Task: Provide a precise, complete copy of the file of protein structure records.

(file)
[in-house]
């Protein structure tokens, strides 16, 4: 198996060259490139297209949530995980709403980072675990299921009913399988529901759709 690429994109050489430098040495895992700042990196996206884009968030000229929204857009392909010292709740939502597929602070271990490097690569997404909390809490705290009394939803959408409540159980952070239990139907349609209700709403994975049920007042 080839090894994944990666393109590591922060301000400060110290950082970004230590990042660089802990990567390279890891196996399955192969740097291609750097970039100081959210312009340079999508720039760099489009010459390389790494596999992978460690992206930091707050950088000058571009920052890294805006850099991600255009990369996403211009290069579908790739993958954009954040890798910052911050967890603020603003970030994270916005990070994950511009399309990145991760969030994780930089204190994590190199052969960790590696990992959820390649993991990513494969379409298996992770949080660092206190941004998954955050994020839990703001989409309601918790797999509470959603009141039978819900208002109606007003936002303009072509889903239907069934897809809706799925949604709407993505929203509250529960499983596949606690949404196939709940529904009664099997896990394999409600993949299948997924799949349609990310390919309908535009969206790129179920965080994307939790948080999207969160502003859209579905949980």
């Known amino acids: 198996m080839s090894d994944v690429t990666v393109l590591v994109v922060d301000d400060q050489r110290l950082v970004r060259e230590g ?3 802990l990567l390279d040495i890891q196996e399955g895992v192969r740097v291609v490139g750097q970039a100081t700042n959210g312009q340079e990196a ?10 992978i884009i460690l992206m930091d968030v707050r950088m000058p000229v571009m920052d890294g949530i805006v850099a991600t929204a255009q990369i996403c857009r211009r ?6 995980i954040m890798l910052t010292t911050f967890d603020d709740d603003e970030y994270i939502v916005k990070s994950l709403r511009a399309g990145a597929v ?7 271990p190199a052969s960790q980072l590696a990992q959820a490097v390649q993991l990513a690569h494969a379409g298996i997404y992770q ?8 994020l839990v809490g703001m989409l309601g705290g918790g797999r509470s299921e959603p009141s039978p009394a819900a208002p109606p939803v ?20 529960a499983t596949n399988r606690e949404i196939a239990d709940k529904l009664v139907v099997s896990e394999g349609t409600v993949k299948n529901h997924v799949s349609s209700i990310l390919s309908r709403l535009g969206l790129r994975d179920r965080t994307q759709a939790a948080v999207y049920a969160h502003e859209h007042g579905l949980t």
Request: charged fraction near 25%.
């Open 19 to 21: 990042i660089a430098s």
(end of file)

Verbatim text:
[in-house]
């Protein structure tokens, strides 16, 4: 198996060259490139297209949530995980709403980072675990299921009913399988529901759709 690429994109050489430098040495895992700042990196996206884009968030000229929204857009392909010292709740939502597929602070271990490097690569997404909390809490705290009394939803959408409540159980952070239990139907349609209700709403994975049920007042 080839090894994944990666393109590591922060301000400060110290950082970004230590990042660089802990990567390279890891196996399955192969740097291609750097970039100081959210312009340079999508720039760099489009010459390389790494596999992978460690992206930091707050950088000058571009920052890294805006850099991600255009990369996403211009290069579908790739993958954009954040890798910052911050967890603020603003970030994270916005990070994950511009399309990145991760969030994780930089204190994590190199052969960790590696990992959820390649993991990513494969379409298996992770949080660092206190941004998954955050994020839990703001989409309601918790797999509470959603009141039978819900208002109606007003936002303009072509889903239907069934897809809706799925949604709407993505929203509250529960499983596949606690949404196939709940529904009664099997896990394999409600993949299948997924799949349609990310390919309908535009969206790129179920965080994307939790948080999207969160502003859209579905949980």
């Known amino acids: 198996m080839s090894d994944v690429t990666v393109l590591v994109v922060d301000d400060q050489r110290l950082v970004r060259e230590g ?3 802990l990567l390279d040495i890891q196996e399955g895992v192969r740097v291609v490139g750097q970039a100081t700042n959210g312009q340079e990196a ?10 992978i884009i460690l992206m930091d968030v707050r950088m000058p000229v571009m920052d890294g949530i805006v850099a991600t929204a255009q990369i996403c857009r211009r ?6 995980i954040m890798l910052t010292t911050f967890d603020d709740d603003e970030y994270i939502v916005k990070s994950l709403r511009a399309g990145a597929v ?7 271990p190199a052969s960790q980072l590696a990992q959820a490097v390649q993991l990513a690569h494969a379409g298996i997404y992770q ?8 994020l839990v809490g703001m989409l309601g705290g918790g797999r509470s299921e959603p009141s039978p009394a819900a208002p109606p939803v ?20 529960a499983t596949n399988r606690e949404i196939a239990d709940k529904l009664v139907v099997s896990e394999g349609t409600v993949k299948n529901h997924v799949s349609s209700i990310l390919s309908r709403l535009g969206l790129r994975d179920r965080t994307q759709a939790a948080v999207y049920a969160h502003e859209h007042g579905l949980t």
Request: charged fraction near 25%.
């Open 19 to 21: 990042i660089a430098s």